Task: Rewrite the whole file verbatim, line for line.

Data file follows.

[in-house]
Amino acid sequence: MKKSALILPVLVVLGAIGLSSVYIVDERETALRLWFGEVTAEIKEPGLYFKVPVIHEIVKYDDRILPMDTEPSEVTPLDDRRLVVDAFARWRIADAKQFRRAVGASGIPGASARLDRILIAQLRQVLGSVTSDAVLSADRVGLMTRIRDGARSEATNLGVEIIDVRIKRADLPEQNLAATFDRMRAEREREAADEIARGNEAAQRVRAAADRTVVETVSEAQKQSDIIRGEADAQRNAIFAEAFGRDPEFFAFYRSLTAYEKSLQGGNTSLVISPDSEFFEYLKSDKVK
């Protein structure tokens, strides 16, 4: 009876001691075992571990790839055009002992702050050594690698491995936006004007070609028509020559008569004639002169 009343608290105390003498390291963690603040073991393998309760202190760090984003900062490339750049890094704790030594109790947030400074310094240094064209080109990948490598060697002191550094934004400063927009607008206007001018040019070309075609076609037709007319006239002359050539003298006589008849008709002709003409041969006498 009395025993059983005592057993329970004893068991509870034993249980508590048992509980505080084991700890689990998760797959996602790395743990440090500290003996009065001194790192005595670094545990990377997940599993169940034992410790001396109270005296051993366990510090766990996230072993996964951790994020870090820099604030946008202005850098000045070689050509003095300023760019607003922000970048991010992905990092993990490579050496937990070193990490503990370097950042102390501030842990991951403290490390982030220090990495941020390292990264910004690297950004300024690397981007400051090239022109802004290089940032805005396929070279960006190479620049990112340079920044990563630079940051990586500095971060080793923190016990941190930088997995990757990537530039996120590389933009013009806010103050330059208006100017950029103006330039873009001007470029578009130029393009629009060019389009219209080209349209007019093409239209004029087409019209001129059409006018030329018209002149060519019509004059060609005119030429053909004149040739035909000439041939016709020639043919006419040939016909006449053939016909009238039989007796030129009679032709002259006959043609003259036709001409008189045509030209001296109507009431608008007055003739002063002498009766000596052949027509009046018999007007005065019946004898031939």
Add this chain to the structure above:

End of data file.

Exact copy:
[in-house]
Amino acid sequence: MKKSALILPVLVVLGAIGLSSVYIVDERETALRLWFGEVTAEIKEPGLYFKVPVIHEIVKYDDRILPMDTEPSEVTPLDDRRLVVDAFARWRIADAKQFRRAVGASGIPGASARLDRILIAQLRQVLGSVTSDAVLSADRVGLMTRIRDGARSEATNLGVEIIDVRIKRADLPEQNLAATFDRMRAEREREAADEIARGNEAAQRVRAAADRTVVETVSEAQKQSDIIRGEADAQRNAIFAEAFGRDPEFFAFYRSLTAYEKSLQGGNTSLVISPDSEFFEYLKSDKVK
């Protein structure tokens, strides 16, 4: 009876001691075992571990790839055009002992702050050594690698491995936006004007070609028509020559008569004639002169 009343608290105390003498390291963690603040073991393998309760202190760090984003900062490339750049890094704790030594109790947030400074310094240094064209080109990948490598060697002191550094934004400063927009607008206007001018040019070309075609076609037709007319006239002359050539003298006589008849008709002709003409041969006498 009395025993059983005592057993329970004893068991509870034993249980508590048992509980505080084991700890689990998760797959996602790395743990440090500290003996009065001194790192005595670094545990990377997940599993169940034992410790001396109270005296051993366990510090766990996230072993996964951790994020870090820099604030946008202005850098000045070689050509003095300023760019607003922000970048991010992905990092993990490579050496937990070193990490503990370097950042102390501030842990991951403290490390982030220090990495941020390292990264910004690297950004300024690397981007400051090239022109802004290089940032805005396929070279960006190479620049990112340079920044990563630079940051990586500095971060080793923190016990941190930088997995990757990537530039996120590389933009013009806010103050330059208006100017950029103006330039873009001007470029578009130029393009629009060019389009219209080209349209007019093409239209004029087409019209001129059409006018030329018209002149060519019509004059060609005119030429053909004149040739035909000439041939016709020639043919006419040939016909006449053939016909009238039989007796030129009679032709002259006959043609003259036709001409008189045509030209001296109507009431608008007055003739002063002498009766000596052949027509009046018999007007005065019946004898031939």
Add this chain to the structure above: